Claims that the popular multi-user video app was hacked have been rife on social media of late. But are they true?
Houseparty – the video-calling app that seen a huge influx of downloads since COVID-19 social distancing began – has found itself embroiled in a hacking scandal.
A number of app users took to Twitter to voice that their Netflix and Spotify and even bank accounts were hacked, blaming Houseparty's servers for compromising their personal details.
Since then, more users have stated that they have been unable to delete their Houseparty account upon attempt.
Houseparty has become one of the most downloaded apps across many countries in recent weeks, including Ireland, as it enables people to communicate with each other via video chat.
According to Apptopia downloads of the app rose from an average of 130,000 a week mid-February to two million a week in the middle of March.
Tuesday morning saw the group take to Twitter to offer a $1,000,000 (€911,020) bounty for anyone with proof that there is a "smear campaign to harm" the app.
We are investigating indications that the recent hacking rumors were spread by a paid commercial smear campaign to harm Houseparty. We are offering a $1,000,000 bounty for the first individual to provide proof of such a campaign to [email protected]— Houseparty (@houseparty) March 31, 2020
The company's statement in full reads: "We’ve found no evidence to suggest a link between Houseparty and the compromises of other unrelated accounts and we don't know where/how it originated.
"As a general rule, we suggest all users choose strong passwords when creating online accounts on any platform. Use a unique password for each account, and use a password generator or password manager to keep track of passwords, rather than using passwords that are short and simple.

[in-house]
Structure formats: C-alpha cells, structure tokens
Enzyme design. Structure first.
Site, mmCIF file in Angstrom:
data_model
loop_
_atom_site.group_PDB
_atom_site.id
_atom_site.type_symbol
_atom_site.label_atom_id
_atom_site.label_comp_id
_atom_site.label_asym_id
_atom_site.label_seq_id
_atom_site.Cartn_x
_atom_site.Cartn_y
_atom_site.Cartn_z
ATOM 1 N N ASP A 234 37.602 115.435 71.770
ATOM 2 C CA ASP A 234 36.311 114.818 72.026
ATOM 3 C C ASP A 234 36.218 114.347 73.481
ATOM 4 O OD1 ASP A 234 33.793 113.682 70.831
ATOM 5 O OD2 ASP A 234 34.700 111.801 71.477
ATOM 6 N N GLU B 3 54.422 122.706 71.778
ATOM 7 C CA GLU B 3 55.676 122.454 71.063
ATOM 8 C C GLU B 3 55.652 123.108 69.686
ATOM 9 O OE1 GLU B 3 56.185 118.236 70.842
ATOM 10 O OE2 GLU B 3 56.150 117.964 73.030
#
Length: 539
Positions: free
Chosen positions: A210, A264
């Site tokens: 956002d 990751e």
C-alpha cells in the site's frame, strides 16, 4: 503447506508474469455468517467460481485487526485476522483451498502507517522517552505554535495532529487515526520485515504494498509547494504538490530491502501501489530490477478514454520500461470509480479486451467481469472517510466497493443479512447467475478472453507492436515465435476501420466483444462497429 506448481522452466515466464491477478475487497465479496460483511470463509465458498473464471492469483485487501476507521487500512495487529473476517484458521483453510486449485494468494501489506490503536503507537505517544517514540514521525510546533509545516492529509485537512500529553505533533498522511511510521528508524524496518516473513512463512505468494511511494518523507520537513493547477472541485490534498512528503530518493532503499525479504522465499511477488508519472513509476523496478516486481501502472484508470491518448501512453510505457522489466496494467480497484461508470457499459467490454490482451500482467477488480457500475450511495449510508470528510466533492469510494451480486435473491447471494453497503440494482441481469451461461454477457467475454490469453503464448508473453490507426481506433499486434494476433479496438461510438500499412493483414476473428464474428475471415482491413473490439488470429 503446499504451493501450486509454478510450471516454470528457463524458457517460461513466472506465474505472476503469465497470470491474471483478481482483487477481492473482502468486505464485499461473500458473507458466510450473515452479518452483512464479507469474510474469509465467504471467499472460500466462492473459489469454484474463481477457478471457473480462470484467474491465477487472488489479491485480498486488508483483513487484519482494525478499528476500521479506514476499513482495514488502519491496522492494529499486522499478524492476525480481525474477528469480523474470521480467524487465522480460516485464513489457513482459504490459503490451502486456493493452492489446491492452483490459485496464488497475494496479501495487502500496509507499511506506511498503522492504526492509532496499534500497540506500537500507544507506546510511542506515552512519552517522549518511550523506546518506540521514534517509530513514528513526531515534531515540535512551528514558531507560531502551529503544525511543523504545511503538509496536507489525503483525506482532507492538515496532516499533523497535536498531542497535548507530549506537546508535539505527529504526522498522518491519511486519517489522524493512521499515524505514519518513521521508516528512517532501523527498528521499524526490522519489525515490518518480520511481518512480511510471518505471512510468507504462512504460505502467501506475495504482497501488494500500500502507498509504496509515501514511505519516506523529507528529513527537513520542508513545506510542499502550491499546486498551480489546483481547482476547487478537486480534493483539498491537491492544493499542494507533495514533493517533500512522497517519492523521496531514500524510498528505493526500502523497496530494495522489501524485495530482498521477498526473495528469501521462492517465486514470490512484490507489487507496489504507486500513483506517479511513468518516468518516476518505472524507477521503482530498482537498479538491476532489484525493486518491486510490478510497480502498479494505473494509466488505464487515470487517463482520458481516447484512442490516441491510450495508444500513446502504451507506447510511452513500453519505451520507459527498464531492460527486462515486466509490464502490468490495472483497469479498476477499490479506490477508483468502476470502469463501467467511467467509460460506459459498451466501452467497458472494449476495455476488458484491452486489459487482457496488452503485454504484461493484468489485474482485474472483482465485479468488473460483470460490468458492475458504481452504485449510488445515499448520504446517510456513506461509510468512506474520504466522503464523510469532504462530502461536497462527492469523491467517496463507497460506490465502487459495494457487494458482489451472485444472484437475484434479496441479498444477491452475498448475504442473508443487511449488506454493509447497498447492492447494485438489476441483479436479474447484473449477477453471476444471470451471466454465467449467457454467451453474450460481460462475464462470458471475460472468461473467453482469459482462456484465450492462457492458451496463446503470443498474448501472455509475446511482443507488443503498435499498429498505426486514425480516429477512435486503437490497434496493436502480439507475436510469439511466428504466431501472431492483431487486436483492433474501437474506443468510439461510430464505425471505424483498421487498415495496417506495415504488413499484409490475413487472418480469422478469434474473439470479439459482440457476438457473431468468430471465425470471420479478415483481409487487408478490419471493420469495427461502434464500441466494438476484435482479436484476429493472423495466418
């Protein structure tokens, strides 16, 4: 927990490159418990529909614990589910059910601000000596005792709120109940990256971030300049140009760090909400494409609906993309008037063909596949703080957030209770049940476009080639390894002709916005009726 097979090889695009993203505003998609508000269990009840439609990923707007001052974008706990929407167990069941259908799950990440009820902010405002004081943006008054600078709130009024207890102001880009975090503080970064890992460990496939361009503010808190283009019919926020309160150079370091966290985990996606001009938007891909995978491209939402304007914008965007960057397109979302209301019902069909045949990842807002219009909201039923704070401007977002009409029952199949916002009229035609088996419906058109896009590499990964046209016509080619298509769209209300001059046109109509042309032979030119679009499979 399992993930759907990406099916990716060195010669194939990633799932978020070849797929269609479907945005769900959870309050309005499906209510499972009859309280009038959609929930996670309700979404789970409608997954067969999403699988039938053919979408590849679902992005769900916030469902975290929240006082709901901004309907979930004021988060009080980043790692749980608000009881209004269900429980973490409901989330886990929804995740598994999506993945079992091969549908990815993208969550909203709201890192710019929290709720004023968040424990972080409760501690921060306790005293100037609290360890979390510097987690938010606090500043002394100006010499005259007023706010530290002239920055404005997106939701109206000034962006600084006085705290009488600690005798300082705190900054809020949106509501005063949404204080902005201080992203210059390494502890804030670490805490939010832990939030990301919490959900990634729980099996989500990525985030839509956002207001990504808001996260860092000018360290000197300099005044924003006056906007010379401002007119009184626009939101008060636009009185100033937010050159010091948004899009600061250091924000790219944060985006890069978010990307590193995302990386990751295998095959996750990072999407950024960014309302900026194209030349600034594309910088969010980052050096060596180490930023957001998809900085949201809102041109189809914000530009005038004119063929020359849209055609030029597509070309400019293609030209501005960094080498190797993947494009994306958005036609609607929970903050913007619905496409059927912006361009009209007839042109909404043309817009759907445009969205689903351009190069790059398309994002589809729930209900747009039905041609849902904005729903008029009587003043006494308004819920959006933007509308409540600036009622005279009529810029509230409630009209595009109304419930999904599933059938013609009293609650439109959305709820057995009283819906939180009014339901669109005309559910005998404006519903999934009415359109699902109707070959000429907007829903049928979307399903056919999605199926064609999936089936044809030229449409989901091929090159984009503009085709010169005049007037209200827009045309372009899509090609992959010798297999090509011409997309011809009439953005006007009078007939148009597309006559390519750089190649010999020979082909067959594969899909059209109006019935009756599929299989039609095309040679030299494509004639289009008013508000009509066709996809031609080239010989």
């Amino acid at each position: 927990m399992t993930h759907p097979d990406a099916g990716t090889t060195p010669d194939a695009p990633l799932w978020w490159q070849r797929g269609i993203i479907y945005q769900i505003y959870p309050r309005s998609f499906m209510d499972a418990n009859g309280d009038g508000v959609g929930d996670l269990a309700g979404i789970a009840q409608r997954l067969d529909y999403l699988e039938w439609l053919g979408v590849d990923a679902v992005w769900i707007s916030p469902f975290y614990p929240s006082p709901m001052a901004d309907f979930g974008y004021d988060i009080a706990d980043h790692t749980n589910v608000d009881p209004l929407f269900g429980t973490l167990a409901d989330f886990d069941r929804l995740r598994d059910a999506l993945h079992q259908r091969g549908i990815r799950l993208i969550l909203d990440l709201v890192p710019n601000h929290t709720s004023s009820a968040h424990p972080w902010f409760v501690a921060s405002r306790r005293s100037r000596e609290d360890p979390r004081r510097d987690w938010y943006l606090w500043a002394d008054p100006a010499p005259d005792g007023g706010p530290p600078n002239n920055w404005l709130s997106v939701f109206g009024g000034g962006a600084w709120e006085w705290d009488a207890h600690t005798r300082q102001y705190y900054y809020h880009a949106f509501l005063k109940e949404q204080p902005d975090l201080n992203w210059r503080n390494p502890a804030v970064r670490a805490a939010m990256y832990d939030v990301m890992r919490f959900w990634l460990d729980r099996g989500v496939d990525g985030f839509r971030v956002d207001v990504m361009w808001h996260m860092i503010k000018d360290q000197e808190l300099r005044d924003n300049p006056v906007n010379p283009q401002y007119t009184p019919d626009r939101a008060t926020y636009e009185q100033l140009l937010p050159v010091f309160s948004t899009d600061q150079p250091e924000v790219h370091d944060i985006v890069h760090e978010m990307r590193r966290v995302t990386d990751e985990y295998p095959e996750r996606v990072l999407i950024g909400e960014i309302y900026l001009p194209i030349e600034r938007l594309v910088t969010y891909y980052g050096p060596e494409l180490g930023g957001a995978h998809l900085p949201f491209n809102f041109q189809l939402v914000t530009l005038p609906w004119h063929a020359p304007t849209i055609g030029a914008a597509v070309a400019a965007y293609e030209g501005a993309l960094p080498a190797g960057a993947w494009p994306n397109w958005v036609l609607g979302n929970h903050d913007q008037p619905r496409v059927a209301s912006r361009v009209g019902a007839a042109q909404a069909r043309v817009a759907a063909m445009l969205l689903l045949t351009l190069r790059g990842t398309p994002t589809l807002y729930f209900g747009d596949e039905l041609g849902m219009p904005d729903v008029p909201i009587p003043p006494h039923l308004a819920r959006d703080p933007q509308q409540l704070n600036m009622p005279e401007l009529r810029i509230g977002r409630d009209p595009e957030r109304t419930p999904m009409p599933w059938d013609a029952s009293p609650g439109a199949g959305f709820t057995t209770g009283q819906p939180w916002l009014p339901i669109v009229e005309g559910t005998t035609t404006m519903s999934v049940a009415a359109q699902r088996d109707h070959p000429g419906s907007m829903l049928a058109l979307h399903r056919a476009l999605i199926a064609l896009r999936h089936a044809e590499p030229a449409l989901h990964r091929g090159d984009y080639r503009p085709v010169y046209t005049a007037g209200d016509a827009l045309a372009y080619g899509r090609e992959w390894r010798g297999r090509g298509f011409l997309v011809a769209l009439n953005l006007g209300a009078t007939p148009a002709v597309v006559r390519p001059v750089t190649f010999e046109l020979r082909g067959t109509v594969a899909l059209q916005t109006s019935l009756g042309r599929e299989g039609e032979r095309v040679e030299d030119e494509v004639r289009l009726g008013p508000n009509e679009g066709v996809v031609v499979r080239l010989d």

"We are investigating indications that the recent hacking rumours were spread by a paid commercial smear campaign to harm Houseparty."
But, how did this all begin?
To put it simply, tweets.
A series of pointed, defamatory tweets were posted on Monday, warning users of the Houseparty app and its potential for hacking.
Those tweets were followed up by calls to delete Houseparty, and by claims that Epic Games was preventing users from removing Houseparty from their phones.
However, the app does not access third-party apps like Netflix or Spotify, though it does ask for access to user's contacts and connections on Facebook and Snapchat.
The company issued a statement denying those allegations.
"We've found no evidence to suggest a link between Houseparty and the compromises of other unrelated accounts," a spokesperson for Epic Games said.
"As a general rule, we suggest all users choose strong passwords when creating online accounts on any platform."
However, the app is not without its risks. Privacy and parenting experts have warned about "gate crashers" entering conversation on the app – meaning that anyone could enter your video conversation by simply pressing a button.
This has lead to reports of inappropriate behaviour and even pornographic images being shown to unwitting users.
Should I delete my account?
It's entirely up to you. Thankfully the process is simple for iOS users, but you Andriod lot have to jump through a couple of hoops first.
On Apple devices, you first need to open the app and click on the smiley face in the upper corner of the screen.
Then you'll want to click on the red gear (settings button) and go to privacy.
In the privacy tab, you'll see a lock symbol next to it, tap that and select to delete your account and then enter in your password.
Android uses currently have to send an email requesting your account be deleted since you seemingly can't do it in the app.
Your best bet is to email [email protected] and ask that everything you put on there, like pictures, username, email and number, all be removed from the app as well.